In Qatar, tentacles of tribalism hold back national aspirations
I remember reading a blog post about the perceived nationality-based class system in Qatar. According to the author, Qataris alongside Americans, were placed at the top of the social hierarchy – something that most commentators agreed to, and understandably so. However, whilst reading it, I was frustrated, not because I thought it was inaccurate, but rather because I thought that it was a seemingly simplistic overview of the inherent racial hierarchy that exists within Qatar. Even within Qatari society, there exists a hierarchy, a claim I’m certain some of my fellow citizens would scoff at. Nevertheless, it is a widely acknowledged, albeit surreptitiously discussed truth amongst us.
Tribalism is an inextricable facet of Qatari society, which doesn’t just affect the way we value ourselves within the tribal hierarchy, but also affects us in a multitude of other ways, influencing decisions and choices in our everyday lives.
One glaring example is the glass ceiling that exists in terms of careers in certain fields, for it is not always on merit that a person will be eligible to certain posts; it is ultimately his/her tribal affiliation, which will create the required wasta.
(tribalism) is a widely acknowledged, albeit surreptitiously discussed truth amongst us.”
If tribalism rears its ugly head in the public sphere, one can only imagine how much worse it gets while governing personal lives.
The very basis of tribes and tribalism is to form communities based on common cultural and ethnic interests. However, as a nation state evolves, to continue to adhere to tribalism at the cost of national interests would only create divisiveness.
Within the personal sphere, discrimination that stems from tribalism still prevails. In the issue of marriage for instance, it is typical in arranged marriages to search for a spouse with the tribe as the main criteria, overlooking other important factors, such as compatibility, level of education, moral values, etc. Conversely, many Qataris who would prefer to make their own choices in marriage are reluctant to do so for fear of backlash from their family and social circle if they don’t marry into the “right” tribe; the price of personal freedom is too high and not worth the hassle. Interestingly, few will dispute the fact that the increasing number of Qatari women who remain unmarried is to a significant degree correlated to this issue as many girls do not or cannot marry into other families.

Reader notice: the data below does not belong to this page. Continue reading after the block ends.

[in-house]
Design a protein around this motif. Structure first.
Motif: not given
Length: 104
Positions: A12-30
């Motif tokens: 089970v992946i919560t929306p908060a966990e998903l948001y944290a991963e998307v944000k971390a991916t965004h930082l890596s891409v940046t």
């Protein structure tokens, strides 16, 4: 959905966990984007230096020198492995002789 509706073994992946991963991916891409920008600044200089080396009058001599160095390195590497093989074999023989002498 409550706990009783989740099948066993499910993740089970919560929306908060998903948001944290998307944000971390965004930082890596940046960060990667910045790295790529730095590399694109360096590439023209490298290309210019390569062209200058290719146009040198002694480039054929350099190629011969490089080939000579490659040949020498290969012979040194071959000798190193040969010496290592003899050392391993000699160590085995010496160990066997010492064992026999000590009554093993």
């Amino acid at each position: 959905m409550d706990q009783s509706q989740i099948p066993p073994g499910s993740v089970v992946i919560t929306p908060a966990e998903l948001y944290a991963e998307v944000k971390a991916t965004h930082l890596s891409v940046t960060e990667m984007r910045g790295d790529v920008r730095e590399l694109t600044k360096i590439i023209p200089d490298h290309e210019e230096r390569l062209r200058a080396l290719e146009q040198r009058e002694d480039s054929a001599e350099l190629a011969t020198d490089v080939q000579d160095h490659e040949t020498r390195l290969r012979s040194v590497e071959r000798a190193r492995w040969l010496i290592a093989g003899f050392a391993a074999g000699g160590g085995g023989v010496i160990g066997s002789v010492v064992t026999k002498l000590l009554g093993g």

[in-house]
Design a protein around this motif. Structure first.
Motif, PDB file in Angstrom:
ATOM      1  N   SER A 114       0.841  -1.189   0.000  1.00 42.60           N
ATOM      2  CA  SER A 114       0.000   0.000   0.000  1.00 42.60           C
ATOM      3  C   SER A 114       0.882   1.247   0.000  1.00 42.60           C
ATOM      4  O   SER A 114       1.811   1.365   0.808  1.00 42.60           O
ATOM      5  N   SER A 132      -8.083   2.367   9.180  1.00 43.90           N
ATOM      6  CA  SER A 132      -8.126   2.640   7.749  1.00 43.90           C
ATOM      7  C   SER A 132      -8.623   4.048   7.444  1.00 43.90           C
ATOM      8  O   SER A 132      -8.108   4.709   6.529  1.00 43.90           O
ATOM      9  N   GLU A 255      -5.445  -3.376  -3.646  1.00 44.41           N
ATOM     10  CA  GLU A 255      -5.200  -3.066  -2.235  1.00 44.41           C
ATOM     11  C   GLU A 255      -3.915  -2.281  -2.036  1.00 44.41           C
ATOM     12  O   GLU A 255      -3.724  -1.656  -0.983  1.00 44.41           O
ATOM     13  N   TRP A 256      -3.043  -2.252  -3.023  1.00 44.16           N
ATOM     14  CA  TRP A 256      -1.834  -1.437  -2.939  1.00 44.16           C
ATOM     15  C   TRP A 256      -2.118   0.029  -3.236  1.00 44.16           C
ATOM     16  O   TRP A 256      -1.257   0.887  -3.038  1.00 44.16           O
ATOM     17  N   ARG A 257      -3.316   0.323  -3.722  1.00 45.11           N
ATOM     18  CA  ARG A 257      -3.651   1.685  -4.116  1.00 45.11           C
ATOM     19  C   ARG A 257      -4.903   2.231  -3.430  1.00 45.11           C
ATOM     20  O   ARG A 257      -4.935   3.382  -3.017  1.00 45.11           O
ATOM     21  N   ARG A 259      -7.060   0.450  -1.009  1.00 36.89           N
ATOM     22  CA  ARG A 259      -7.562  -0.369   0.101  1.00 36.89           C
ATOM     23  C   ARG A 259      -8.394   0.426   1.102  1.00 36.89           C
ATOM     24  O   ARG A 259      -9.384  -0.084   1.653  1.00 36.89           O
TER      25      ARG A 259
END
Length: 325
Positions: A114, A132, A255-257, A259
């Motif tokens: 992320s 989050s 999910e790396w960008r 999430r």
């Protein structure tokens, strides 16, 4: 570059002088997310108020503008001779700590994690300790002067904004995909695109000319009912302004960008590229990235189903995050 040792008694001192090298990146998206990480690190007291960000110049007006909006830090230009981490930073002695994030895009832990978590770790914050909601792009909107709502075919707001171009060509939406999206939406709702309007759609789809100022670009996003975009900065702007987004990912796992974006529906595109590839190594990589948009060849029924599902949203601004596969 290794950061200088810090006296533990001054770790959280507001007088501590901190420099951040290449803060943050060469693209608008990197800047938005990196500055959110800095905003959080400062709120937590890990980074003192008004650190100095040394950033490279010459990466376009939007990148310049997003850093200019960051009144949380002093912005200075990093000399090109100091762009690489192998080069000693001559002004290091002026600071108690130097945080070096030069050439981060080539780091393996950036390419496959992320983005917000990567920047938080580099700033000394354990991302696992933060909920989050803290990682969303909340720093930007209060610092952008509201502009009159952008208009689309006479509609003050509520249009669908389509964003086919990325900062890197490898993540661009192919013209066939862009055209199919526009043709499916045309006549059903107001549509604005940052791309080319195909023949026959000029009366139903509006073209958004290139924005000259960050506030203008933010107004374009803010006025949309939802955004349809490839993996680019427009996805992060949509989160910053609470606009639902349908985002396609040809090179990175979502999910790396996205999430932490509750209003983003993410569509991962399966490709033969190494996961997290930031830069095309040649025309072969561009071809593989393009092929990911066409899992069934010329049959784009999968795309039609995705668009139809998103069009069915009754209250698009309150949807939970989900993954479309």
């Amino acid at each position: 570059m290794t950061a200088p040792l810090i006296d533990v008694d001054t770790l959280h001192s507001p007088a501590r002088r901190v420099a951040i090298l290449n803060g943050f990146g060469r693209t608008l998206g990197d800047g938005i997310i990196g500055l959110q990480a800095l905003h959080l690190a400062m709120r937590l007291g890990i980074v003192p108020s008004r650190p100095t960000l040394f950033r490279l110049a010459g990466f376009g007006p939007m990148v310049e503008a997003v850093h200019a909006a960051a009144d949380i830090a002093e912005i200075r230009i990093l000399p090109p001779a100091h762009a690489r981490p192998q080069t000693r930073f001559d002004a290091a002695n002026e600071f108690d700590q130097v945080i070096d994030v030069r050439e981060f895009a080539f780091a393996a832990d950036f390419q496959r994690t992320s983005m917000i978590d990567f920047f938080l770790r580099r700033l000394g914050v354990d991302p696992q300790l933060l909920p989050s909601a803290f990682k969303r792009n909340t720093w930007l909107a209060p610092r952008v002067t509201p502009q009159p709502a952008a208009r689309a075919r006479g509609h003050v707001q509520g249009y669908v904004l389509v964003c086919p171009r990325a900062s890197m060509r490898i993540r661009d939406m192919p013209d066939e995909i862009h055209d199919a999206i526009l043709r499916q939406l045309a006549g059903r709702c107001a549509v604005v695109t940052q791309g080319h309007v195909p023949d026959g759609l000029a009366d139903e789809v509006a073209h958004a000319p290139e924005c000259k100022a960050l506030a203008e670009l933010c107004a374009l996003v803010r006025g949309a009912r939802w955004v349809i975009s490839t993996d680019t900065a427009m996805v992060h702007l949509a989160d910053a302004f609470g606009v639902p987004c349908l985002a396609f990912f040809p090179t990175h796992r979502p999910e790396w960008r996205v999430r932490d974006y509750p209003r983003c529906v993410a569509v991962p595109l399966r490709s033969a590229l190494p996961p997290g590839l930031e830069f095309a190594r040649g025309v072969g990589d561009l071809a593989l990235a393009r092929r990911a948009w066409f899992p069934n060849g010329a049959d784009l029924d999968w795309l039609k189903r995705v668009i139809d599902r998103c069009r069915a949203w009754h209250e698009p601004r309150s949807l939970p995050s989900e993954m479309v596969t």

Why stir the pot about us not being equal when we are generally more affluent and enjoy more rights than the majority?
But these privileges bestowed upon us should not inhibit us from addressing this important issue, as it not only affects how we treat each other, but translates to how we treat others who are less fortunate than us. After all, it is not merely a social issue, but it is one that’s contrary to our religious beliefs.
The Prophet Muhammad (PBUH) said: “Indeed Allah has removed from you the blind loyalties of Jahiliyah and the pride for ancestry. Either be a pious believer, or a miserable proud. (All of) you are children of Adam (alaihi as-salâm) and Adam (alaihi as-salâm) is from dust. Let some men cease to take pride in others who are nothing but burning coals for the Hell-Fire, it will be easier for Allâh to handle them than a dung-beetle driving his nose into filth.” [Abu Dawûd and Ahmad].
Religion aside, how does tribal biases help Qatar, as it strives towards a knowledge-based economy? How does it hope to achieve that dream, in a society that predetermines a person’s worth and accomplishments based on their bloodline?
[Photo Courtesy: Gautham Krishna]